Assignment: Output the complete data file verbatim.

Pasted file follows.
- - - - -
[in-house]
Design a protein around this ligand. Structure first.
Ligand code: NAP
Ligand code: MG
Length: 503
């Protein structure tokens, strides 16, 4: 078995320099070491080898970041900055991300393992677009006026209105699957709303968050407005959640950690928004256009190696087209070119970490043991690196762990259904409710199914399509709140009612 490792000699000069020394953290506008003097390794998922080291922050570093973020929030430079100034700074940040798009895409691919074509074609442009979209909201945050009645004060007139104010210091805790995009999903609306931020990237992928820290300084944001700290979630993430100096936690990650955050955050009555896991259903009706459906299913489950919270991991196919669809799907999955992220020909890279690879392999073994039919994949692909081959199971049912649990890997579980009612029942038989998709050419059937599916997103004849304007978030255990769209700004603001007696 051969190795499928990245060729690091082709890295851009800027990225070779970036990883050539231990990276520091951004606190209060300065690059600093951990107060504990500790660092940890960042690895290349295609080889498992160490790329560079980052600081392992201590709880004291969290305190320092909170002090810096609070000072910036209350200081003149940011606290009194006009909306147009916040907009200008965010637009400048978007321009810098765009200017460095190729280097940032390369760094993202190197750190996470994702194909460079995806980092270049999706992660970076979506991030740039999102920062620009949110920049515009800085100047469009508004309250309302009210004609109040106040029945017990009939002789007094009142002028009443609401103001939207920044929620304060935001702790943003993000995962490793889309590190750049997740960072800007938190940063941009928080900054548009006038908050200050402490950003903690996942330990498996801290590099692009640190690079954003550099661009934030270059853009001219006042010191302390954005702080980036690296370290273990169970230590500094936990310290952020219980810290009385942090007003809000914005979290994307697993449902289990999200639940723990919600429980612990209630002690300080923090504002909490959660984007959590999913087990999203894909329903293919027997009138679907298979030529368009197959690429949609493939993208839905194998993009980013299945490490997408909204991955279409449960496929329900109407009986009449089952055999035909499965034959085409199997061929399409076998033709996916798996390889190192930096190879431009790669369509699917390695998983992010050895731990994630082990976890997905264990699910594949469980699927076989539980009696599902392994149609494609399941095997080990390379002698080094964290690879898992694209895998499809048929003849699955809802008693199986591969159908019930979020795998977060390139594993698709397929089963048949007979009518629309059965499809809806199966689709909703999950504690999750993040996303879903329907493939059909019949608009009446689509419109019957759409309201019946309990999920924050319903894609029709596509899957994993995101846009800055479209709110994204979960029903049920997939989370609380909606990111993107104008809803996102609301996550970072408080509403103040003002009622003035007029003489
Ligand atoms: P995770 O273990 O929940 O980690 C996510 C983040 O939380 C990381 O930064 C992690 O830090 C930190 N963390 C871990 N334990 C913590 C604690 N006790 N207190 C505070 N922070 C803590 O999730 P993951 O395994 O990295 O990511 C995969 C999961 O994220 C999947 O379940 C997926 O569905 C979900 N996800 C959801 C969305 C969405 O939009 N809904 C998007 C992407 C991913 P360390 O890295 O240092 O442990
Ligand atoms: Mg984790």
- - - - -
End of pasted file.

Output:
[in-house]
Design a protein around this ligand. Structure first.
Ligand code: NAP
Ligand code: MG
Length: 503
């Protein structure tokens, strides 16, 4: 078995320099070491080898970041900055991300393992677009006026209105699957709303968050407005959640950690928004256009190696087209070119970490043991690196762990259904409710199914399509709140009612 490792000699000069020394953290506008003097390794998922080291922050570093973020929030430079100034700074940040798009895409691919074509074609442009979209909201945050009645004060007139104010210091805790995009999903609306931020990237992928820290300084944001700290979630993430100096936690990650955050955050009555896991259903009706459906299913489950919270991991196919669809799907999955992220020909890279690879392999073994039919994949692909081959199971049912649990890997579980009612029942038989998709050419059937599916997103004849304007978030255990769209700004603001007696 051969190795499928990245060729690091082709890295851009800027990225070779970036990883050539231990990276520091951004606190209060300065690059600093951990107060504990500790660092940890960042690895290349295609080889498992160490790329560079980052600081392992201590709880004291969290305190320092909170002090810096609070000072910036209350200081003149940011606290009194006009909306147009916040907009200008965010637009400048978007321009810098765009200017460095190729280097940032390369760094993202190197750190996470994702194909460079995806980092270049999706992660970076979506991030740039999102920062620009949110920049515009800085100047469009508004309250309302009210004609109040106040029945017990009939002789007094009142002028009443609401103001939207920044929620304060935001702790943003993000995962490793889309590190750049997740960072800007938190940063941009928080900054548009006038908050200050402490950003903690996942330990498996801290590099692009640190690079954003550099661009934030270059853009001219006042010191302390954005702080980036690296370290273990169970230590500094936990310290952020219980810290009385942090007003809000914005979290994307697993449902289990999200639940723990919600429980612990209630002690300080923090504002909490959660984007959590999913087990999203894909329903293919027997009138679907298979030529368009197959690429949609493939993208839905194998993009980013299945490490997408909204991955279409449960496929329900109407009986009449089952055999035909499965034959085409199997061929399409076998033709996916798996390889190192930096190879431009790669369509699917390695998983992010050895731990994630082990976890997905264990699910594949469980699927076989539980009696599902392994149609494609399941095997080990390379002698080094964290690879898992694209895998499809048929003849699955809802008693199986591969159908019930979020795998977060390139594993698709397929089963048949007979009518629309059965499809809806199966689709909703999950504690999750993040996303879903329907493939059909019949608009009446689509419109019957759409309201019946309990999920924050319903894609029709596509899957994993995101846009800055479209709110994204979960029903049920997939989370609380909606990111993107104008809803996102609301996550970072408080509403103040003002009622003035007029003489
Ligand atoms: P995770 O273990 O929940 O980690 C996510 C983040 O939380 C990381 O930064 C992690 O830090 C930190 N963390 C871990 N334990 C913590 C604690 N006790 N207190 C505070 N922070 C803590 O999730 P993951 O395994 O990295 O990511 C995969 C999961 O994220 C999947 O379940 C997926 O569905 C979900 N996800 C959801 C969305 C969405 O939009 N809904 C998007 C992407 C991913 P360390 O890295 O240092 O442990
Ligand atoms: Mg984790």